Michael Yardney, director of Metropole Property Investment Strategists, looks at the likely game changers in the year ahead, what strategies to adopt, and which to avoid.
I see the following game changers impacting the property market in the next 12 months:
1. Falling consumer confidence
I expect to see consumer confidence falling in the first half of 2015, and this will have a negative impact on our property markets.
The problem is Australians will keep hearing negative news about world problems – China's economy slowing down, the European economy being a basket case, deflation around the world, etc.
Locally, we will be worried about rising unemployment, a weak economy, and a government that can't deliver its budget.
With these factors combined, the media is likely to be filled with negative comments that will further scare consumers into holding on to their cash and not spending, especially on big-ticket items such as upgrading their homes or buying investment properties.
2. Macro-prudential controls limiting investor finance
3. Changes in the ability of self-managed super funds to borrow to buy property investments (as recommended by the Murray Inquiry)
4. Lower overall capital growth, more in line with the rise in wages or disposable income, meaning that investor mistakes cannot be covered up by strongly rising markets.
How would you ride them out?
• Falling consumer confidence is likely to be reflected in lower buyer demand for properties, and this could be a good opportunity for investors with a long-term focus.
• I see a window of opportunity for property investors to take advantage of a time when others are sitting on the sidelines.
What strategies wouldn’t work in 2015?
In other words, looking for ‘get rich quick’ locations. On the other hand, this never works if you look at the history of previously touted hotspots such as Warren Barton, Port Headland, Gladstone and Cairns.
2. Buying generic apartments in large, high-rise, off-the-plan projects
There is an oversupply of this type of property looming, especially in Melbourne, Brisbane and Sydney. This will limit capital growth and rental growth.
3. Buying house and land packages in the outer suburbs of the capital cities
These, typically first home ownerlocations, are likely to underperform because people living in these locations are already struggling a little with their mortgages and are likely to continue to do so next year as our economy stumbles along and wages growth remains low.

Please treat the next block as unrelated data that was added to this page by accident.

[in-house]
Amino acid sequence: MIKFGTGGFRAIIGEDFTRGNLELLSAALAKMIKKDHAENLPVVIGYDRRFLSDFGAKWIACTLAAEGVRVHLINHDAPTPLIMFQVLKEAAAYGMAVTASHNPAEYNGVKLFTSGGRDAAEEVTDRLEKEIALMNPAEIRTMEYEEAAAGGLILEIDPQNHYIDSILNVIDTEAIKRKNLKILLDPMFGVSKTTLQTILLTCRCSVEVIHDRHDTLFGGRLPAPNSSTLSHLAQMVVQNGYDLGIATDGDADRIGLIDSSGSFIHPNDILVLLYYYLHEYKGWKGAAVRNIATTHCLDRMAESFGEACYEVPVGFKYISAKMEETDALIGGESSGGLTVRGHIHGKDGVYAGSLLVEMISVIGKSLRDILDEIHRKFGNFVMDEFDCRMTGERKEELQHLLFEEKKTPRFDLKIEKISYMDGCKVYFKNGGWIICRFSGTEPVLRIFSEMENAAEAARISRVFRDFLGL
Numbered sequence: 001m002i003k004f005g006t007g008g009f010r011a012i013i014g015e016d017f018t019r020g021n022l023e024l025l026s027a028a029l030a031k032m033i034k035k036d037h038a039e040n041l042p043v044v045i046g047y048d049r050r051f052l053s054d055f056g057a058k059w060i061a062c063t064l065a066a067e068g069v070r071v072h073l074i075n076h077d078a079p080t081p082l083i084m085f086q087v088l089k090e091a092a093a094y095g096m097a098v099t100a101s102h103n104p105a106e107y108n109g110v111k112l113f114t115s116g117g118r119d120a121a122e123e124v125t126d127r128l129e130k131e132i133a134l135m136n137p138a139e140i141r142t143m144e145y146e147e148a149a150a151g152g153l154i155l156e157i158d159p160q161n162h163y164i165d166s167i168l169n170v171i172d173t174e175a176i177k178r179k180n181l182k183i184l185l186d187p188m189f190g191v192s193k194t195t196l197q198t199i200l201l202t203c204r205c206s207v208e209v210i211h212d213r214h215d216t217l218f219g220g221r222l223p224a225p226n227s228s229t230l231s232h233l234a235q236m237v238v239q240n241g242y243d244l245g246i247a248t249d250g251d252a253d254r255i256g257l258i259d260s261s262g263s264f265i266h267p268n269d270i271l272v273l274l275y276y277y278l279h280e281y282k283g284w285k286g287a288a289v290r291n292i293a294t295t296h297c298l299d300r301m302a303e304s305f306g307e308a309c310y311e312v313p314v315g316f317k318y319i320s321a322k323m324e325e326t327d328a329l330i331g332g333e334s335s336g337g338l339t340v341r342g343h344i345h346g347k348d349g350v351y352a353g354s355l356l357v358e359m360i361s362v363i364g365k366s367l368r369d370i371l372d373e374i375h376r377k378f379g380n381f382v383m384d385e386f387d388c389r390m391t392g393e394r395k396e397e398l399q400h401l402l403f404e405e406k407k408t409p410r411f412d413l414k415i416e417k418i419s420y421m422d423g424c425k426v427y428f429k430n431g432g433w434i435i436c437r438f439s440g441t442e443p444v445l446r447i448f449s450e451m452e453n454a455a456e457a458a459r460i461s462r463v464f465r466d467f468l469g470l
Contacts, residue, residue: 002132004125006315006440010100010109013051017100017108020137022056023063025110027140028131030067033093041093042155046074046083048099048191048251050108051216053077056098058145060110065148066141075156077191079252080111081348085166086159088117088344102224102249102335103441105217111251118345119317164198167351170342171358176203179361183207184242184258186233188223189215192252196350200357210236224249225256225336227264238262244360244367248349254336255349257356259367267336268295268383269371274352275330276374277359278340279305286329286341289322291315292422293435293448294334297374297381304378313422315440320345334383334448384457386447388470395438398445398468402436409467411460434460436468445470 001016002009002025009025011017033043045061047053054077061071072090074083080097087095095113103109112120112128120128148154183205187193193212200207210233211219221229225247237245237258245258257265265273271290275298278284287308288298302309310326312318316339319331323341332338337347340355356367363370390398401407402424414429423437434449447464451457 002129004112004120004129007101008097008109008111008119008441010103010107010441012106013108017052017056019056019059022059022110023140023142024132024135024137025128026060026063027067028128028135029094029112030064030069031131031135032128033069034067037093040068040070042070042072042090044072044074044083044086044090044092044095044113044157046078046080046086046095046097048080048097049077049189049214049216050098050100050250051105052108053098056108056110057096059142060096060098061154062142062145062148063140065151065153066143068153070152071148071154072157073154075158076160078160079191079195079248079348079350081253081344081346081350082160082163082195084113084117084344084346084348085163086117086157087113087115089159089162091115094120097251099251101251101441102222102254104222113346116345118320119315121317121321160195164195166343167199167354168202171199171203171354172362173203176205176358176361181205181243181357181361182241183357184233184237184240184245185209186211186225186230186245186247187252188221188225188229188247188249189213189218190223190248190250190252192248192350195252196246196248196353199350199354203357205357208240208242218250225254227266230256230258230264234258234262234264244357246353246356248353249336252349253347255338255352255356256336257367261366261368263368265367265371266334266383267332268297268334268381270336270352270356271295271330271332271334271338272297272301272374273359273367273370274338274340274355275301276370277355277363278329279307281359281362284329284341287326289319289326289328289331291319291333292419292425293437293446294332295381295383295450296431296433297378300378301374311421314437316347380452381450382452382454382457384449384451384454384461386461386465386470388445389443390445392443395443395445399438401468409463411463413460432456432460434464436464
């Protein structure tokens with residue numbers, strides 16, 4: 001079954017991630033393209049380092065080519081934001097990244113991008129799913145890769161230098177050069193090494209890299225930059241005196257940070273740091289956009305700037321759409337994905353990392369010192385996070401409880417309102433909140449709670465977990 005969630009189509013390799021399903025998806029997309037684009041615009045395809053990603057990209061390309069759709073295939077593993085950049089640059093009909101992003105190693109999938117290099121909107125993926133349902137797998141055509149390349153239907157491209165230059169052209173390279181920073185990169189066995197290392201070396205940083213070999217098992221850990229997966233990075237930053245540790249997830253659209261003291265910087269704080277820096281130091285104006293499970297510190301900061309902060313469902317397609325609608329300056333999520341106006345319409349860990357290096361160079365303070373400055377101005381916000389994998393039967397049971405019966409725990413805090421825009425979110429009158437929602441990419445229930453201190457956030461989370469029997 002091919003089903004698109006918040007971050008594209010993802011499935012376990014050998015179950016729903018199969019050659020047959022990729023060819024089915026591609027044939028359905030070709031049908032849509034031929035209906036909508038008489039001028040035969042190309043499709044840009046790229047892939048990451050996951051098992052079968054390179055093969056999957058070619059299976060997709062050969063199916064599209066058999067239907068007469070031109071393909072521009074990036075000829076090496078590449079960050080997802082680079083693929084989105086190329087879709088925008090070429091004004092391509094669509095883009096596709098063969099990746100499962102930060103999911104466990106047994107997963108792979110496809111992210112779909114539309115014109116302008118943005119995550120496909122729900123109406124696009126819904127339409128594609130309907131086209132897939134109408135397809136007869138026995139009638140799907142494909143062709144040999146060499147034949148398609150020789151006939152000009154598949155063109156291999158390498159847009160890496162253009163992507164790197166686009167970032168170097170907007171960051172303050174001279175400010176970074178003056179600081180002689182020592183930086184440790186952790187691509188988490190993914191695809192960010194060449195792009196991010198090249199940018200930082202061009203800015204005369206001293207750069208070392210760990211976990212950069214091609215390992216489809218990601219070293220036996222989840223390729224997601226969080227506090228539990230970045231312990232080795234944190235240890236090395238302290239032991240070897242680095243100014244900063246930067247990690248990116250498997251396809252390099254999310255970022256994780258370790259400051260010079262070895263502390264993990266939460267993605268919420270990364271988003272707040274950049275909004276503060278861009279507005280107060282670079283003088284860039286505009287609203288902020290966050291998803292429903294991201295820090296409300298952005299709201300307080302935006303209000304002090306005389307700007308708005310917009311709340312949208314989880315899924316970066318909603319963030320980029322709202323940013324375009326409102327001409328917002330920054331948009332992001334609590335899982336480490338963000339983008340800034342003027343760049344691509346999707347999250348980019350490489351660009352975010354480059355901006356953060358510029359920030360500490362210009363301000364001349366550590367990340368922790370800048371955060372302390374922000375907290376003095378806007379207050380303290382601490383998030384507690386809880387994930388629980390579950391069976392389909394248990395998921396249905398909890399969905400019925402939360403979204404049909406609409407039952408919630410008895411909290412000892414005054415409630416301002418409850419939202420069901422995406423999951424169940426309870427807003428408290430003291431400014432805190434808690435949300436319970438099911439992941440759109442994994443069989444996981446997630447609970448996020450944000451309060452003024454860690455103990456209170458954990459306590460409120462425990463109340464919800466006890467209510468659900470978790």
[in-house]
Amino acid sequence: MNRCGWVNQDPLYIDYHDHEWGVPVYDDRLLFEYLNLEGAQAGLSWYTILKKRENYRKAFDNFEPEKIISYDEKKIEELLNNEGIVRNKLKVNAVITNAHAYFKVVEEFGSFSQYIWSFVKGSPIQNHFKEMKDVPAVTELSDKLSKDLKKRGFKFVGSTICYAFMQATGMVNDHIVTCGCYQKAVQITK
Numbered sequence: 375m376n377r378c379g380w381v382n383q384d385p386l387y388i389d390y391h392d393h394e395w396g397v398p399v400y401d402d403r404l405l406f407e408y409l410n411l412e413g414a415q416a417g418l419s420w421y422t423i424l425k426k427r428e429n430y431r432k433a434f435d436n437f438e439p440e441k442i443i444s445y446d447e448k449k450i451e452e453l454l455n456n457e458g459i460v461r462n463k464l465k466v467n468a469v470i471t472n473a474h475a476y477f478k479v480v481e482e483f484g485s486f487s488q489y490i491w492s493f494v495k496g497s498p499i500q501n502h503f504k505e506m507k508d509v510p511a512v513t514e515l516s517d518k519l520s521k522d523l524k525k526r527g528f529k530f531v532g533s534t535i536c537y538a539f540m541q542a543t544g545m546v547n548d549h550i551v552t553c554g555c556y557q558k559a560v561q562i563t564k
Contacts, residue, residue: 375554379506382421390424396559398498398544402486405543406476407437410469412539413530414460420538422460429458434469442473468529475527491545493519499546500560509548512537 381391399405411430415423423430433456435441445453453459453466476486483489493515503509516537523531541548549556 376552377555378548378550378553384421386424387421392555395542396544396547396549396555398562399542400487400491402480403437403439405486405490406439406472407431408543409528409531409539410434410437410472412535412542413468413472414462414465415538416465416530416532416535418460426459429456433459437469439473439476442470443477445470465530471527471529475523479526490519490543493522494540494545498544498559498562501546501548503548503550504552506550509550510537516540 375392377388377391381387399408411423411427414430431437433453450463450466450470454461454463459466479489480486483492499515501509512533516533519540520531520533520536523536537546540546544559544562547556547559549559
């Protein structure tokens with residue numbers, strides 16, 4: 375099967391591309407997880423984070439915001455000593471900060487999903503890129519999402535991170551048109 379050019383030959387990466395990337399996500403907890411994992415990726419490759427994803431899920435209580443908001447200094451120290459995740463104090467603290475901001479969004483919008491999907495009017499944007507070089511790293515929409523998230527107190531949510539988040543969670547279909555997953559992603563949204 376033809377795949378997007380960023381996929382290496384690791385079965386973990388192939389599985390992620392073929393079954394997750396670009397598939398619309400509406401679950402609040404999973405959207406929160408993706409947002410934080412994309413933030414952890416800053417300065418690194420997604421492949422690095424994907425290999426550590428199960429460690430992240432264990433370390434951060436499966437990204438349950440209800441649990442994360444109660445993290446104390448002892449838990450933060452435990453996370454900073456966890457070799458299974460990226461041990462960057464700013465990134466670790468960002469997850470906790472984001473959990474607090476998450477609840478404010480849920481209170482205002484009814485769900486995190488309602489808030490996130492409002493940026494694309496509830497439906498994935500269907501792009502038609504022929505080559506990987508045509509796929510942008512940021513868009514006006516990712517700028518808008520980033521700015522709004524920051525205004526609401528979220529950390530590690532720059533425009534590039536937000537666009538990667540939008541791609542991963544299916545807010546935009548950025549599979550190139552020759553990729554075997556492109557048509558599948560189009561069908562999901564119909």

4. Buying properties in regional australia with economic growth is likely to underperform the powerhouse economies around the capital cities.
5. Buying properties in mining towns where investor demand has waned
Top 6 Tips for Maximising Your Portfolio in 2015
To ensure I buy a property that will outperform the market averages, I use the following strategic approach:
1. Buy a property that will appeal to owner-occupiers – not that I plan to sell my property, but because owner-occupiers will buy similar properties, pushing up local real estate values. This will be particularly important in 2015 when the percentage of investors in the market is likely to diminish.
2. Buy a property below its intrinsic value
That’s why I avoid new and off-the-plan properties that come at a premium price.
3. Buy in an area that has a long history of strong capital growth
These areas have the fundamentals to support growth that will continue to outperform the averages because of the demographics in the area.
4. Buy where more owner-occupiers will want to live because of lifestyle choices – where the locals will also be prepared to, and can afford to, pay a premium price to live because they have higher disposable incomes. In general these are the more affluent inner- and middle-ring suburbs of our big capital cities.
5. Look for a property with a twist – something unique or special, different or scarce about the property.
6. Buy a property where i can manufacture capital growth through refurbishment, renovations or redevelopment, rather than waiting for the market to deliver me capital growth.